Dawkins connected with fans like no one else

Dawkins connected with fans like no one else
April 23, 2012, 5:02 pm
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It was October of 2004, and Brian Dawkins was making an appearance at a small sports bar in Bucks County on a Monday night.

It was the day after another Sunday win during a Super Bowl season, and the turnout was insane. More than 500 people showed up at a sports bar that fits about 150. Those who didnt arrive early were turned away at the door. Among them was a little girl, about 8 years old, who stood at the entrance with her dad, crying her eyes out.

She had spent hours and hours making a huge Brian Dawkins collage with photos from throughout his career, and all she wanted was for her hero to see it. But the doors were slammed shut. The place was dangerously packed. She and her dad had no chance of getting in to see her hero.

Word of the sobbing girl and the collage got back to Dawk, who was already inside, surrounded by screaming fans and trying to have a quick dinner before signing autographs to raise money for the Eagles Breast Cancer Awareness drive.

There was simply no room for one more person inside. But Dawk wasnt going to leave the girl out there crying. He couldnt.

How can I meet her without starting a riot? Dawk whispered.

A plan was hatched.

Dawk was brought through the kitchen out into a back alley, and the girl and her dad were quietly escorted from the front door to the back.

And there, surrounded by dumpsters and trash, behind a non-descript strip plaza in Middletown, Pa., a little girls tears turned to joy.

She stood there in awe, holding this enormous collage almost as big as she was.

Dawk walked over and got down on one knee so he was even with her and said, I heard you have something you want me to see.

She didnt say a word. Just held it out for him to examine.

You did a great job with this, he said.

The girl stood there spellbound. Speechless.

Dawk signed the collage. Brian Dawkins, 20.

The girl mustered up the courage to say Thank you, and walked away with the memory of a lifetime. And Dawk went back inside to finish his dinner.

And somewhere in Bucks County, theres a girl whos 15 now and has an autographed Brian Dawkins collage on her wall and will never forget the day Dawk met her out by the dumpsters.

And if you multiply that moment by 365 days and 13 years, you start to get a sense for exactly what Brian Dawkins meant to Eagles fans. And what Brian Dawkins meant to Philadelphia.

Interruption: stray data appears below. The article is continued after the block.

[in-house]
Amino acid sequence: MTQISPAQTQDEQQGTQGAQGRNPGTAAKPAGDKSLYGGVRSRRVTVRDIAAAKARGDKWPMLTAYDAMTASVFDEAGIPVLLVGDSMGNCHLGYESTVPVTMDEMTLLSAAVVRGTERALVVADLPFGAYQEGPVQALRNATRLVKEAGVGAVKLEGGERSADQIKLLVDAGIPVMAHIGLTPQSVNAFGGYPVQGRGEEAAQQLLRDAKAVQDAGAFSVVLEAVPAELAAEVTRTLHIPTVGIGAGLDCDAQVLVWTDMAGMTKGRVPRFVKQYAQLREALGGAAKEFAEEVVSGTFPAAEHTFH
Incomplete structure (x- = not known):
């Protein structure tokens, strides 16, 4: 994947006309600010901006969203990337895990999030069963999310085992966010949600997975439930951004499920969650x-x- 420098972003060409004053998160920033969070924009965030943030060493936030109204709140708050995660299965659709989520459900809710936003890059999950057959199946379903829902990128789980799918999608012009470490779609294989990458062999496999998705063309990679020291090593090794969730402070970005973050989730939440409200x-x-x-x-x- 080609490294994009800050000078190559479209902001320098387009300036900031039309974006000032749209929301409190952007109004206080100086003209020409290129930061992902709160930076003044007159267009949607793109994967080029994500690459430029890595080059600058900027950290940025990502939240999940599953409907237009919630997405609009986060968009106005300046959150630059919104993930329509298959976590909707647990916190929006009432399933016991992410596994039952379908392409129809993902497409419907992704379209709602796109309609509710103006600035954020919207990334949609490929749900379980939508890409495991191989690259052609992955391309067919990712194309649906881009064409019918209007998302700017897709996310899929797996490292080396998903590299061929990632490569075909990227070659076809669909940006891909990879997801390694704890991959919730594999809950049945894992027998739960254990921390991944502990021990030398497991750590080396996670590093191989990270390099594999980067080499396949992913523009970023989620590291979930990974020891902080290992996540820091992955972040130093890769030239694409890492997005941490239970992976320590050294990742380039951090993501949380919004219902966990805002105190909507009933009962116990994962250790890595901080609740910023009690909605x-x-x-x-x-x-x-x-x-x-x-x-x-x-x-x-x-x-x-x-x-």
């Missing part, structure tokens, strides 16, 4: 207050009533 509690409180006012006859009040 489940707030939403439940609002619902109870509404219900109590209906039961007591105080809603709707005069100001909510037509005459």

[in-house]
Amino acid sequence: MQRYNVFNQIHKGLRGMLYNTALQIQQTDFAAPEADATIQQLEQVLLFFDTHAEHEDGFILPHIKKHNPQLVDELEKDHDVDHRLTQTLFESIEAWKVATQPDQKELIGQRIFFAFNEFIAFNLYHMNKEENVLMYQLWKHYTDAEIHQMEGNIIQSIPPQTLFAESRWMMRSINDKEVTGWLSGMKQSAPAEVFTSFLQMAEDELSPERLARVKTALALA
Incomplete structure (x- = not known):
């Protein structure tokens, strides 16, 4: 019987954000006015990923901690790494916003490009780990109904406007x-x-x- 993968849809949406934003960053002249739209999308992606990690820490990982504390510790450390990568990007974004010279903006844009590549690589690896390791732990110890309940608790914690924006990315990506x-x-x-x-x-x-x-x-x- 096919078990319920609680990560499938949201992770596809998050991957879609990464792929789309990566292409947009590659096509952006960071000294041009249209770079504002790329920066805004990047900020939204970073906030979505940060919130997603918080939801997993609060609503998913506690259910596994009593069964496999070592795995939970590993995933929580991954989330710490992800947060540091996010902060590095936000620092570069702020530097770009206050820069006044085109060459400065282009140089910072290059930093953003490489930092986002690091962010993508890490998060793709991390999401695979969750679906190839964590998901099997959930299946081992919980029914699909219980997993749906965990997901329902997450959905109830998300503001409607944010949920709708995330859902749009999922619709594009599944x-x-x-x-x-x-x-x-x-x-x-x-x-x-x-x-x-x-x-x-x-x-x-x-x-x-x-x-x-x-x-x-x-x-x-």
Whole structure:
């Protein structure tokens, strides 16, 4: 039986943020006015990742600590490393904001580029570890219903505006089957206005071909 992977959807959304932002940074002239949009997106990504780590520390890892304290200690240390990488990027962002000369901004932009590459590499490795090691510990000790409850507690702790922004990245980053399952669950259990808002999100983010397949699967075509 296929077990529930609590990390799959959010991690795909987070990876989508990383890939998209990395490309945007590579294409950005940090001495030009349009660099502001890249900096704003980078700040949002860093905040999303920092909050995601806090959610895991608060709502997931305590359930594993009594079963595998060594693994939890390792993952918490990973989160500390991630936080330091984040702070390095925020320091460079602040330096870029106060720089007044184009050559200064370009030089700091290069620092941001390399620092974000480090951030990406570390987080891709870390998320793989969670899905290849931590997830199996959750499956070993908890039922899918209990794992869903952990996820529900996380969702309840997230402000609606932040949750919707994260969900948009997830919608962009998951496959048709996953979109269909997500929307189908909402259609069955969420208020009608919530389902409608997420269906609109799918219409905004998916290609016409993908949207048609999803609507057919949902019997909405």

And thats why today is such an emotional day. Even though he left here for Denver after the 2008 season, Dawk will always be an Eagle and will always be a Philly guy.

Dawk announce his retirement on Twitter on Monday morning after 16 brilliant seasons, the first 13 in Eagles green. Hes one of only five players in NFL history with at least 25 sacks and 25 interceptions, one of only two safeties with at least 25 sacks.

Nine Pro Bowls. Only two safeties in history Ken Houston and Ronnie Lott were selected to more. Both are enshrined in the Pro Football Hall of Fame.

The Eagles will honor Dawkins on Sept. 30 at Lincoln Financial Field before a game against the Giants and add his name to the teams Honor Roll. Owner Jeff Lurie has said nobody else will wear Dawks number as long as he owns the team, and it would certainly be deserving if the Eagles formally retire No. 20.

Dawkins would be an all-timer just based on what he did on the field. But his career and his impact on our community goes far beyond a bunch of sacks, interceptions and forced fumbles.

Some athletes connect. Some dont.

And Dawk connected with this city in ways that very few Eagles, very few athletes in any sport, have ever connected.

It wasnt just the way he played. Ferocious every snap. It wasnt just the way he was accessible to the fans. Warm and cordial every day. It wasnt just the way he led in the locker room. Fiercely supportive of his coaches and teammates during even the most challenging times.

He cared as much as we did, and thats rare. You knew he brought the pain home with him after devastating losses. And you knew he shared the citys joy after huge wins. He wanted to win a Super Bowl for the city and the fans more than for himself.

And in an age where so many pro athletes seem disconnected with their sport and the fans and the city and never seem to let their guard down, Dawk spoke honestly and openly and passionately. He said what fans wanted to hear. And he said what had to be said. Always.

He was one of us. And theres no greater praise you can lavish on a Philadelphia athlete.

E-mail Reuben Frank at rfrank@comcastsportsnet.com

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